Emergency status has been issued in Peru’s capital Lima and three additional districts. The emergency will last for 30 days and give the Peruvian army the right to step in and restore order. Several constitutional rights, including the right to assemble and to move about freely, are suspended during an emergency. The directive has been made public in the government journal.
Since December, protesters led by followers of deposed president Pedro Castillo have marched and blocked streets around Peru, calling for fresh elections and the ouster of incumbent leader Dina Boluarte.
The demonstrations have at times turned violent and at least 42 people have been killed in clashes with security forces, including a police officer burned alive in a vehicle, while hundreds more have been injured.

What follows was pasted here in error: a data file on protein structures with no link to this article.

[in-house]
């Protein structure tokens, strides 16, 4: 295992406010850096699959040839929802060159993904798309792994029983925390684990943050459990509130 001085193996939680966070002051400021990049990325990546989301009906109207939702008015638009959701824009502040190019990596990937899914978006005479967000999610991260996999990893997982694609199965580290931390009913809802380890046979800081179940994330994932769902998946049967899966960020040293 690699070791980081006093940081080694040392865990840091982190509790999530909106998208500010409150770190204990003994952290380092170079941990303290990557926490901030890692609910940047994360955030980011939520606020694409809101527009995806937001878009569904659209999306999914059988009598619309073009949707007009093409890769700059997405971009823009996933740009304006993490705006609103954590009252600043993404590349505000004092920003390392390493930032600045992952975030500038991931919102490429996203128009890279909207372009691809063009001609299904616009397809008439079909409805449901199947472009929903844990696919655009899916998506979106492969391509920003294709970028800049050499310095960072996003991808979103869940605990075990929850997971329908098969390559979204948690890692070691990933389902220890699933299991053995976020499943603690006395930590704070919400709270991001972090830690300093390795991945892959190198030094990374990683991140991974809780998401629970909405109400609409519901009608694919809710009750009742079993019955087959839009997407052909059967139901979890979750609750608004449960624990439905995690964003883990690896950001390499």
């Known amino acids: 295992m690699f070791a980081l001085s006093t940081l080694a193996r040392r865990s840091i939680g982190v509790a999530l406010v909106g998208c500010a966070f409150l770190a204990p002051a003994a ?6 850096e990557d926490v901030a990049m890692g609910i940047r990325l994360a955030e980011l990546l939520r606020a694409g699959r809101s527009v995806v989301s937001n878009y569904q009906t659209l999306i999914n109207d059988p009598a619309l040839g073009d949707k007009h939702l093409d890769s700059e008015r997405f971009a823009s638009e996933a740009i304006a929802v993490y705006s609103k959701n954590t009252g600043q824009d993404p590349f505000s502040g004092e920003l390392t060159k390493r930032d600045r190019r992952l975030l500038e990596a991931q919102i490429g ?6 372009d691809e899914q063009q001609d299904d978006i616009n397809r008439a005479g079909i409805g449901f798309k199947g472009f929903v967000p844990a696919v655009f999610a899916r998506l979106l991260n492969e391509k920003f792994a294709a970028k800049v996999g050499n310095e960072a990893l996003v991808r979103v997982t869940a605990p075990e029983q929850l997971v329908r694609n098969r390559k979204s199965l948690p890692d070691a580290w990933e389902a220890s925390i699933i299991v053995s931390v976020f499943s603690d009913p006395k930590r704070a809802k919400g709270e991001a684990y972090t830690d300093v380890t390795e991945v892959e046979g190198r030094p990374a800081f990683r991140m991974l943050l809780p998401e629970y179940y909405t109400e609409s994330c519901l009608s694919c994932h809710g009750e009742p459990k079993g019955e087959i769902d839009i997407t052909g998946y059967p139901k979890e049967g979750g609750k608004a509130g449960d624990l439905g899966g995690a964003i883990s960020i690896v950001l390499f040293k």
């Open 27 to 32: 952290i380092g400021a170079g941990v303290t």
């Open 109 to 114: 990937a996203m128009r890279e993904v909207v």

Authorities have, however, reopened Cusco international airport, which is vital to Peru’s tourism sector.
President Boluarte, who is from the same left-wing party as Castillo, has insisted she will not step down.